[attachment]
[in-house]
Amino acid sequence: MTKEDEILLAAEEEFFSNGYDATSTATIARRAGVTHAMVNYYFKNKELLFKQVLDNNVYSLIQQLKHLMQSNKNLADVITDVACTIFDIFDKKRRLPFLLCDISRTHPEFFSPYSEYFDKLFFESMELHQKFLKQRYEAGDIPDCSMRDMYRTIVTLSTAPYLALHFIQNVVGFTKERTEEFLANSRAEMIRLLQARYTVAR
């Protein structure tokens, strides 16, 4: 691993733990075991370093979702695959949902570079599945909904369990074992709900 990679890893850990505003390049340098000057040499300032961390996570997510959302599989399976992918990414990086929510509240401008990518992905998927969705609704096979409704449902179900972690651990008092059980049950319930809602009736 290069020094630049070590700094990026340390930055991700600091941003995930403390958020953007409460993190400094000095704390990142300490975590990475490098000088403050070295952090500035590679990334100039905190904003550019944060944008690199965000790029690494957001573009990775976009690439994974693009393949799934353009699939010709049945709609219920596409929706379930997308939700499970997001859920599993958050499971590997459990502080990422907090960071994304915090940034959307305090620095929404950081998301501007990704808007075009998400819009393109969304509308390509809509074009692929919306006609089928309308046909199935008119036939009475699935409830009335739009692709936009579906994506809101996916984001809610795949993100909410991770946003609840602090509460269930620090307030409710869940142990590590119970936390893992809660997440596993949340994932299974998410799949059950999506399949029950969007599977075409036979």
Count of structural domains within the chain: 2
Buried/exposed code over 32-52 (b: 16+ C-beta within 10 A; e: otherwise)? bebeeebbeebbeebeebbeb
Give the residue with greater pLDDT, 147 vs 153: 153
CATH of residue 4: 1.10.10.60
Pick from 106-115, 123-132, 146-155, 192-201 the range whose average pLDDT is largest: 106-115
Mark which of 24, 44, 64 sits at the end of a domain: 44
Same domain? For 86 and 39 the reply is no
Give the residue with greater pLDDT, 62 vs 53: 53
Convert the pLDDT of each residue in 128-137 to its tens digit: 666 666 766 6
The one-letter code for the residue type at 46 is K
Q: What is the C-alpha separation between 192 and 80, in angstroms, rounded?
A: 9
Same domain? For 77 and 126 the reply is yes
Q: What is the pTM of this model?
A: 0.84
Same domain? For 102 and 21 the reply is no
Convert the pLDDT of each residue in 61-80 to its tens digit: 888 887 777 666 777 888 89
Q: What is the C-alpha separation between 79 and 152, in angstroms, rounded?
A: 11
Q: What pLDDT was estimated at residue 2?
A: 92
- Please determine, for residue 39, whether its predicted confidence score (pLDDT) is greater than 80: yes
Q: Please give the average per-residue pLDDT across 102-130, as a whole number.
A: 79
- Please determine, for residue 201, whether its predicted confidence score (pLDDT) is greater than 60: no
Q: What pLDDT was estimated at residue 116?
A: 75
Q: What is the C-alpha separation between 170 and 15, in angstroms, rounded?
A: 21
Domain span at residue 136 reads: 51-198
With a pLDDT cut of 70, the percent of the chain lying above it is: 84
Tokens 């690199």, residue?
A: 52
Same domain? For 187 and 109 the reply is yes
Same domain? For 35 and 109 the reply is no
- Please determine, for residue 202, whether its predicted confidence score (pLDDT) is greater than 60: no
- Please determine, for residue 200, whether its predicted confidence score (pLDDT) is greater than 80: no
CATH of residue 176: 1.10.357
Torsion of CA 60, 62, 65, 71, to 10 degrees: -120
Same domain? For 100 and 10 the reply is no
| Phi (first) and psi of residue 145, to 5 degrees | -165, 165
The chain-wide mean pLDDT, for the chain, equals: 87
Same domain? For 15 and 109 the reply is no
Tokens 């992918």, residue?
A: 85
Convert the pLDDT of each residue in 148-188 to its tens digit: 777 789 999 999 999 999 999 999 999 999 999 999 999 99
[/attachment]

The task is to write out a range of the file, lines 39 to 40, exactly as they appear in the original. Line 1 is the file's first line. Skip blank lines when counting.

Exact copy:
- Please determine, for residue 202, whether its predicted confidence score (pLDDT) is greater than 60: no
- Please determine, for residue 200, whether its predicted confidence score (pLDDT) is greater than 80: no